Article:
Digital Lumens, Finding Its Identity, Brings Cost and Energy Savings to Light

5/23/13Follow @gthuang

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that, according to industry projections, in the next 10 years we’ll see more energy saved from lighting control than that produced by new solar, wind, and other renewable installations combined.

That’s a sobering prediction—but it speaks to the potential impact of the company and its peers. And, of course, if Digital Lumens does go on to become a big player, the beleaguered U.S. cleantech industry will be quick to claim it as a success story.

At least one prominent observer thinks the cleantech downturn has been exaggerated in some circles—and that Digital Lumens’ market is a “nice growth opportunity area.”

Ian Bowles, the former secretary of energy and environmental affairs for Massachusetts (he’s now an investor with WindSail Capital Group), says that “cleantech has actually shown steady and impressive growth.” As he sees it, “The industry has made a transition away from tech development into rapid deployment. Industries like energy efficiency and solar are booming despite a small but high-profile handful of tech companies going bust.”

On the smart-lighting front, Bowles says, “LEDs are here to stay, and folks like Digital Lumens who are integrating/installing and finding savings have a nice business model that will continue to grow as costs come down.” (Bowles is not involved with the company.)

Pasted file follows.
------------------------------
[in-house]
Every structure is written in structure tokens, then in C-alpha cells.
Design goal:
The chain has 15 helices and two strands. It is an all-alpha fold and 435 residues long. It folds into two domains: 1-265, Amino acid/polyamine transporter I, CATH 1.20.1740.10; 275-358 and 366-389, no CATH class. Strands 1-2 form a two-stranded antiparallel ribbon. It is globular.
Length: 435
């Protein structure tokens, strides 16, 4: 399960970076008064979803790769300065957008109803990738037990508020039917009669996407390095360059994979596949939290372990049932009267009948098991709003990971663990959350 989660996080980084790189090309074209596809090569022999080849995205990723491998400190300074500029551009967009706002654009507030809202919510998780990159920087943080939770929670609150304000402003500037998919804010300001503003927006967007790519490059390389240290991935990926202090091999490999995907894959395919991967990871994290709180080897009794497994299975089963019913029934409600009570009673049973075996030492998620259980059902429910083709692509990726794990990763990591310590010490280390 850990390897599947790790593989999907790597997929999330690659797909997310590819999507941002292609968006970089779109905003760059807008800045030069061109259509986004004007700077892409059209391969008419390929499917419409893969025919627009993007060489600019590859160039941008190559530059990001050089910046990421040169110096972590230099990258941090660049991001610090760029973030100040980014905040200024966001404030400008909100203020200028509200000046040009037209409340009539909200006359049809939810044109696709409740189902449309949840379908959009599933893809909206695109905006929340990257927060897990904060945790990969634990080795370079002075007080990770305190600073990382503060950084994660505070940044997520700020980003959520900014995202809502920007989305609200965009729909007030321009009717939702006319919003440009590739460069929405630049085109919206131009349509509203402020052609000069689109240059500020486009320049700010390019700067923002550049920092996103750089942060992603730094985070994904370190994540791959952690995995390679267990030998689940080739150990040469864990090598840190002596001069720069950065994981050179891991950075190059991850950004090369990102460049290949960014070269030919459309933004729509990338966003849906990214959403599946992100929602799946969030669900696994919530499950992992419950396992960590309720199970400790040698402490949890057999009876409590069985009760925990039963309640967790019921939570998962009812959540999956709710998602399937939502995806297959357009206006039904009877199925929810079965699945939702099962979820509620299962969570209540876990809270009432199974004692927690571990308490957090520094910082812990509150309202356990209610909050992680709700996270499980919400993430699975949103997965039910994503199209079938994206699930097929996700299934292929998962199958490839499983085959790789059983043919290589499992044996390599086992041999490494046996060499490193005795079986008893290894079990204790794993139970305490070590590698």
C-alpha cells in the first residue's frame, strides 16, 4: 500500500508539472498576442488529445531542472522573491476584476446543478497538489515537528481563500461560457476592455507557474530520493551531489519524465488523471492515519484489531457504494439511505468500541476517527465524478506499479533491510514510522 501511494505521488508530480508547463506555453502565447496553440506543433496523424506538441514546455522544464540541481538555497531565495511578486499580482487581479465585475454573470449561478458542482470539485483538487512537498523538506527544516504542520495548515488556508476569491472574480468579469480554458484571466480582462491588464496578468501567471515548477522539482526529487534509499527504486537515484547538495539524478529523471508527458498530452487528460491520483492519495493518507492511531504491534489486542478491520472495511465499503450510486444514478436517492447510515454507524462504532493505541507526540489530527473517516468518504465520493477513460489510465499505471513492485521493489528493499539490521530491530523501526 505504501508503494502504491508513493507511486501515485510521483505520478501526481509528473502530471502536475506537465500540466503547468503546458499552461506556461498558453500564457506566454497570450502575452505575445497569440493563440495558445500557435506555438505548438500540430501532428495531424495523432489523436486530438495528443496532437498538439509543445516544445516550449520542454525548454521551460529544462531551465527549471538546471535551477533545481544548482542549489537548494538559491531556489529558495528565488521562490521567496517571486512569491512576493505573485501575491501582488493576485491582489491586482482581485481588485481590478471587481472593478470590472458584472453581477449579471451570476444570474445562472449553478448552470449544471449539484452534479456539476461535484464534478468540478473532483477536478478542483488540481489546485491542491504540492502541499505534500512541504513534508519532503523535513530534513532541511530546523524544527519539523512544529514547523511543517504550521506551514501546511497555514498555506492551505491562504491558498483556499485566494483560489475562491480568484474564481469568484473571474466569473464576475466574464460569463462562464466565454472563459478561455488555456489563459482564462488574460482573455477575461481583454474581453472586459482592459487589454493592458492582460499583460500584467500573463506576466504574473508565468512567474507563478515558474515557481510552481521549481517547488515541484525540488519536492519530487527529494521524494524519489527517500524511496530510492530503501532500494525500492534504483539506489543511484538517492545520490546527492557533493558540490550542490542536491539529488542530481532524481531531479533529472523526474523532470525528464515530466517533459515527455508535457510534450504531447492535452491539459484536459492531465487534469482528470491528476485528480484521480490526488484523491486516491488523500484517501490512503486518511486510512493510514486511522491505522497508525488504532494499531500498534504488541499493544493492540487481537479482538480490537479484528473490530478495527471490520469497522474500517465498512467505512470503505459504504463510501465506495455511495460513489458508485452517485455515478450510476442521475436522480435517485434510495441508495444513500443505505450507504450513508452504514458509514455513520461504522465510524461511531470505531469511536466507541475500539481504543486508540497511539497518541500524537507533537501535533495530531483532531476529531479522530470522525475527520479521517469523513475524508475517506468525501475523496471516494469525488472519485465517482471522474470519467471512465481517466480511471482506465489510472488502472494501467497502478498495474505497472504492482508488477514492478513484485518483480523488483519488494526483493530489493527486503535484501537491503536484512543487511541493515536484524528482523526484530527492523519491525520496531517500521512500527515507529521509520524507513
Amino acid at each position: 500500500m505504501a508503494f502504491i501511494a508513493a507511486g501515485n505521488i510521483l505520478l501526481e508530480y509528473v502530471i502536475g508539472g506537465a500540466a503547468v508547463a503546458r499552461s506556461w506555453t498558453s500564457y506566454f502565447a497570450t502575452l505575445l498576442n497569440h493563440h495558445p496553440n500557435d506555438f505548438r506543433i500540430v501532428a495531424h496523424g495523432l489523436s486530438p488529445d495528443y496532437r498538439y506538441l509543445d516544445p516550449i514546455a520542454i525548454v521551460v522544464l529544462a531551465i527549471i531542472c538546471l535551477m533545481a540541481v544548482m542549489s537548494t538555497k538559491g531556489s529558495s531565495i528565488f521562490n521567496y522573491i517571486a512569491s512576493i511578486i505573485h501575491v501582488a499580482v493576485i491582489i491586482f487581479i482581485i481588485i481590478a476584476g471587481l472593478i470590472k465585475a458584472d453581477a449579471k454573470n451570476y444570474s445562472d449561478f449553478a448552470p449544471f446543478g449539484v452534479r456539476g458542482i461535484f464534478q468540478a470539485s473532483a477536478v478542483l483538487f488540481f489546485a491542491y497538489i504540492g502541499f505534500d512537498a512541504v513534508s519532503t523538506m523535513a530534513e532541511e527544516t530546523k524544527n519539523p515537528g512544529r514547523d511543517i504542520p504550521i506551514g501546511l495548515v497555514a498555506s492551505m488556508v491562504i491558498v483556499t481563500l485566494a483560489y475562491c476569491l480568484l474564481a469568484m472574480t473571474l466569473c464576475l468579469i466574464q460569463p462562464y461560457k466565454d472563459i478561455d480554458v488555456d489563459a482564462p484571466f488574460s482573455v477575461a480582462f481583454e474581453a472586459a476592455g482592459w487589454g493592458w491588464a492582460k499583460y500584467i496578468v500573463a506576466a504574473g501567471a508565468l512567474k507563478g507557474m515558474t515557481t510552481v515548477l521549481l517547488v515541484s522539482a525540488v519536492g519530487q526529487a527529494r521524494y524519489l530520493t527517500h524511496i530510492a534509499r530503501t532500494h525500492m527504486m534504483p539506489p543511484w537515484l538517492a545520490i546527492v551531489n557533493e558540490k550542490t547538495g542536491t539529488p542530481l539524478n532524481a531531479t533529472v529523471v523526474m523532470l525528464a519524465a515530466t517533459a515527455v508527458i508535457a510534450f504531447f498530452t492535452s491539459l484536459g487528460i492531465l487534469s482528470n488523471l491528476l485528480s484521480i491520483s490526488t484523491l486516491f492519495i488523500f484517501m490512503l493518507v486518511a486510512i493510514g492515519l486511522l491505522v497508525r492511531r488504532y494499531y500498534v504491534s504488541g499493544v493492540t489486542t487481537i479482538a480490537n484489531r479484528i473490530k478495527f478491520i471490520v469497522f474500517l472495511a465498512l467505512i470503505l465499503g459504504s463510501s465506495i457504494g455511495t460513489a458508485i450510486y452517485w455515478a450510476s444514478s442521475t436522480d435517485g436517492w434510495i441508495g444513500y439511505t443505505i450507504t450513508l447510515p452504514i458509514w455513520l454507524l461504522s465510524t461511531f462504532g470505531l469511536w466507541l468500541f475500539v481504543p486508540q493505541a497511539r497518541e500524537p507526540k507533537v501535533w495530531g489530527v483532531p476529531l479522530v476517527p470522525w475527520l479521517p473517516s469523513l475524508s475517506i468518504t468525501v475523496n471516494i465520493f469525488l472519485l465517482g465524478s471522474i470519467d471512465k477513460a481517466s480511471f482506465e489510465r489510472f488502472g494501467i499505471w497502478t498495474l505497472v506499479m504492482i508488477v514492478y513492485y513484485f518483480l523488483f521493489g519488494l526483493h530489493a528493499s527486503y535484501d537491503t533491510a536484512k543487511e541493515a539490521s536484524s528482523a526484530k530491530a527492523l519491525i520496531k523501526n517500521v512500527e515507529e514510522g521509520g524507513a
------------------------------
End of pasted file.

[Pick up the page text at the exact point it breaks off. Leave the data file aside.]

He adds that Massachusetts now spends more per capita on energy efficiency than any other state—and that legislation in that subsector is really done at the state (not federal) level. That would seem to bode well for Digital Lumens, in terms of regional support and customer adoption. (Though the company is also shooting for about 25 percent of its installations to be outside of North America.)

Yet Bowles would admit that cleantech venture capital has been a mess in recent years—in part because VCs “didn’t focus on disruptive business models,” he says. “In some cases, they got killed by betting heavily into solar, which the Chinese made into a commodity much quicker than anyone expected. In other cases, like [energy] storage, the cycle is long and utilities are risk-averse.” Despite the ups and downs of the VC industry, he says, plenty of businesses are “growing explosively.”

Which is all to say that many groups have a lot riding on Digital Lumens’ future—from its VCs to the state of Massachusetts, and from cleantech and hardware startups to big lighting companies. Not to mention its own founders, team, customers, and partners. No pressure though.

Gregory T. Huang is Xconomy's Deputy Editor, National IT Editor, and the Editor of Xconomy Boston. You can e-mail him at gthuang@xconomy.com. Follow @gthuang

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  • Mojo

    Christmas decorations not the stupid Bay Lights Project brought brought mainstream visibility to LEDs.